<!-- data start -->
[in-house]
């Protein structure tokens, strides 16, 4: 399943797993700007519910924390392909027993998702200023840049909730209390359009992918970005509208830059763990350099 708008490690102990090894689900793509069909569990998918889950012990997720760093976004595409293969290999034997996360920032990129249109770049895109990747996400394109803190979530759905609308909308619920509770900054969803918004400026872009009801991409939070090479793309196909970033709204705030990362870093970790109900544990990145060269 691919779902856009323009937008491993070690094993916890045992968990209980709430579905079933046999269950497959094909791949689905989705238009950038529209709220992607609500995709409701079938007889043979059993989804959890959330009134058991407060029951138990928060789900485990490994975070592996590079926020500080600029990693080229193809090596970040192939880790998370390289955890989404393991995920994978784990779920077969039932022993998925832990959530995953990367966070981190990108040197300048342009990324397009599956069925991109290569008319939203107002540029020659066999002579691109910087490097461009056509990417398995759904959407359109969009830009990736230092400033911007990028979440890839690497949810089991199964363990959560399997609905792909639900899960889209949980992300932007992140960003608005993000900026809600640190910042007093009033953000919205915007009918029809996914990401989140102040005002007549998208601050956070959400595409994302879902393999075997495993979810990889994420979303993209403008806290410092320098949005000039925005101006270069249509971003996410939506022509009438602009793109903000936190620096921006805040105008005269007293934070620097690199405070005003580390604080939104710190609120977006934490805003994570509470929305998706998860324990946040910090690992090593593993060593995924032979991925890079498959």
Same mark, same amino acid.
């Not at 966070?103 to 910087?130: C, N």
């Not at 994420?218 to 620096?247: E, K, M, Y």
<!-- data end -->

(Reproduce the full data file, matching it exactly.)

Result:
[in-house]
């Protein structure tokens, strides 16, 4: 399943797993700007519910924390392909027993998702200023840049909730209390359009992918970005509208830059763990350099 708008490690102990090894689900793509069909569990998918889950012990997720760093976004595409293969290999034997996360920032990129249109770049895109990747996400394109803190979530759905609308909308619920509770900054969803918004400026872009009801991409939070090479793309196909970033709204705030990362870093970790109900544990990145060269 691919779902856009323009937008491993070690094993916890045992968990209980709430579905079933046999269950497959094909791949689905989705238009950038529209709220992607609500995709409701079938007889043979059993989804959890959330009134058991407060029951138990928060789900485990490994975070592996590079926020500080600029990693080229193809090596970040192939880790998370390289955890989404393991995920994978784990779920077969039932022993998925832990959530995953990367966070981190990108040197300048342009990324397009599956069925991109290569008319939203107002540029020659066999002579691109910087490097461009056509990417398995759904959407359109969009830009990736230092400033911007990028979440890839690497949810089991199964363990959560399997609905792909639900899960889209949980992300932007992140960003608005993000900026809600640190910042007093009033953000919205915007009918029809996914990401989140102040005002007549998208601050956070959400595409994302879902393999075997495993979810990889994420979303993209403008806290410092320098949005000039925005101006270069249509971003996410939506022509009438602009793109903000936190620096921006805040105008005269007293934070620097690199405070005003580390604080939104710190609120977006934490805003994570509470929305998706998860324990946040910090690992090593593993060593995924032979991925890079498959």
Same mark, same amino acid.
């Not at 966070?103 to 910087?130: C, N």
């Not at 994420?218 to 620096?247: E, K, M, Y």